Located in the Jewelry District on Richmond Street, The Village is the newest incarnation for the building that has most recently been home to the Southern-style brunch spot, Succotash.
Heading out on a bright and beautiful autumnal day to catch breakfast at this new haunt, I was keen to see if The Village’s menu would live up to the great brunch sessions I enjoyed at its predecessor.
First, it’s only fair to say that The Village is not exclusively a brunch spot, offering itself as “a café, bruncheonette, bar, and live music and dance club.” The Village is keen to impress a wide demographic.
The first thing that’s immediately noticeable upon entering The Village is the atmosphere; while everyone is polite and welcoming, the decor is clearly geared more to their nighttime set-up. No doubt enhanced by the incredibly bright day we were entering from, the space, with its dark walls, stage and dance floor area, was certainly a stark contrast to the sunny day we stepped in from.
With a little help from a pretty votive candle and the incredibly sunny disposition of our server, we found our table and got stuck into the menu.
One of the first things I noticed (possibly as a non-American to whom mental sales tax arithmetic still causes a major mind-melting moment at the end of the meal) was that tax is included in all the prices. Many a time I’ve seen a crowd of hungover students almost crying with the effort of splitting the bill between 20 of them after a booze-absorbing breakfast. This seems like an incredibly simple and elegant way of making the place incredibly seductive for large groups, the lure for hungover youngsters starting to make sense of the low lighting.
The second thing, also related to price, is how entirely reasonable it was. It’s often tricky to find a happy middle ground between cheap and cheerful diner style dining and upscale fancy brunching; while the menu was concise, it had all the key brunch players in place and didn’t appear to be charging for the privilege of having a votive candle and ice water at the table.
My Bloody Mary (c’mon, it’s brunch — of course I ordered a Bloody Mary) was rich and mellowly spiced, while the coffee was hot, fresh and kept on coming.
We ordered up a bunch of brunch, partly because we were hungry and partly because the prices made it seem rude not to.
Looking around the space while we waited for our orders, there were more signs that The Village is keen to impress its late night crowd. While not to the detriment of the exclusively daytime visitors, it feels a bit like brunch might be geared more toward those who were leaning over the neon-pink-bubble-tube-backed bar the night before, rather than the organic crowd on their way back from the farmers market.
We didn’t have long to take in the surroundings as our food arrived in incredible time. While speed of service is always hoped for, when it comes to breakfast I feel the quicker you can get hungry people fed the far happier they will be. Suffice to say we were delighted.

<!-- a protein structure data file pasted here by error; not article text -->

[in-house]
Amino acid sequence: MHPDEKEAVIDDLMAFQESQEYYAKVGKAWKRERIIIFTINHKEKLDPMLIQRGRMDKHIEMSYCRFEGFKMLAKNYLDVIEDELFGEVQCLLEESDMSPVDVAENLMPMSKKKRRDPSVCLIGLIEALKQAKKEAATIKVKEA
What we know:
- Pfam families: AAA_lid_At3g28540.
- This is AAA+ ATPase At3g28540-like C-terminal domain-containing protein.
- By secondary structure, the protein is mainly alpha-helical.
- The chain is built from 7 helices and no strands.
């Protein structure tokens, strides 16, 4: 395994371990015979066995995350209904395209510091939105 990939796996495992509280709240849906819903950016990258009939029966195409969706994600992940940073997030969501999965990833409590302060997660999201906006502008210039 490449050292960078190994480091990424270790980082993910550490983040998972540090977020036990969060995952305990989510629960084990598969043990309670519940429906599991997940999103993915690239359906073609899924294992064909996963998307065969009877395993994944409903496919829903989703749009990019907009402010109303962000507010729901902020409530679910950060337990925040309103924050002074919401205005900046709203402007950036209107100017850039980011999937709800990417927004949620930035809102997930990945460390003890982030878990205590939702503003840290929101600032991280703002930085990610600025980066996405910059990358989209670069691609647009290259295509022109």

A basket of warm crumbly biscuits with a pot of sweet butter were up first. Generous in size, rich in texture and delicious with a savory hint of cheddar alongside the sweet butter, these biscuits confirmed we were in for a darn good brunch.
I went for the staple chicken and waffles and my brunch buddy plumped for the hash brown skillet with cheese and egg, which might be my new ‘the morning after the night before’ go-to.
Served up in an individual hot skillet, the base of hash brown was generously topped with egg, cheese, and (in his case) a serious portion of steak. With the option to build your own, the skillet opens up the options for brunch to pizza-like levels, with various available toppings listed according to price to choose from with gay abandon.
Baked in the skillet, the hash soaks up the juices from the toppings, has the egg and cheese melt into it, and crisps around the edges like a stone-cooked Korean bibimbap. Simple in its essence, this all-in-one style cooking was honest, plentiful and delicious.
My chicken and waffles, while not the largest portion of protein I’ve ever been served, was spot-on flavor wise. Again, the emphasis seems to be doing classic or simple cooking well, getting it to the customers quickly, and making the entire transaction easy.
Rather than gargantuan, greedy and somewhat bloated serving sizes that are rife throughout many brunch spots in the city, the portion sizes at The Village are very astute. Though I must admit to at first being a little disappointed with the amount of chicken on my waffles, I finished my meal with waffles to spare, feeling completely replete and rather thankful there hadn’t been another tender daring me to consume it.
Service was attentive, swift and incredibly friendly, with calls of farewell from behind the bar as we left after settling the bill.
The Village is more than ‘cheap and cheerful,’ it is good value with great service. The whole experience is simple, easy and totally geared toward dining with friends, which really is the best way to enjoy brunch. While I’m yet to hit their new dance floor, belt out a karaoke classic or catch the game there, I’m certain that if I do I’ll be back the following morning ordering a skillet.
The Village, 373 Richmond St, Providence, 401-228-7222, thevillageri.com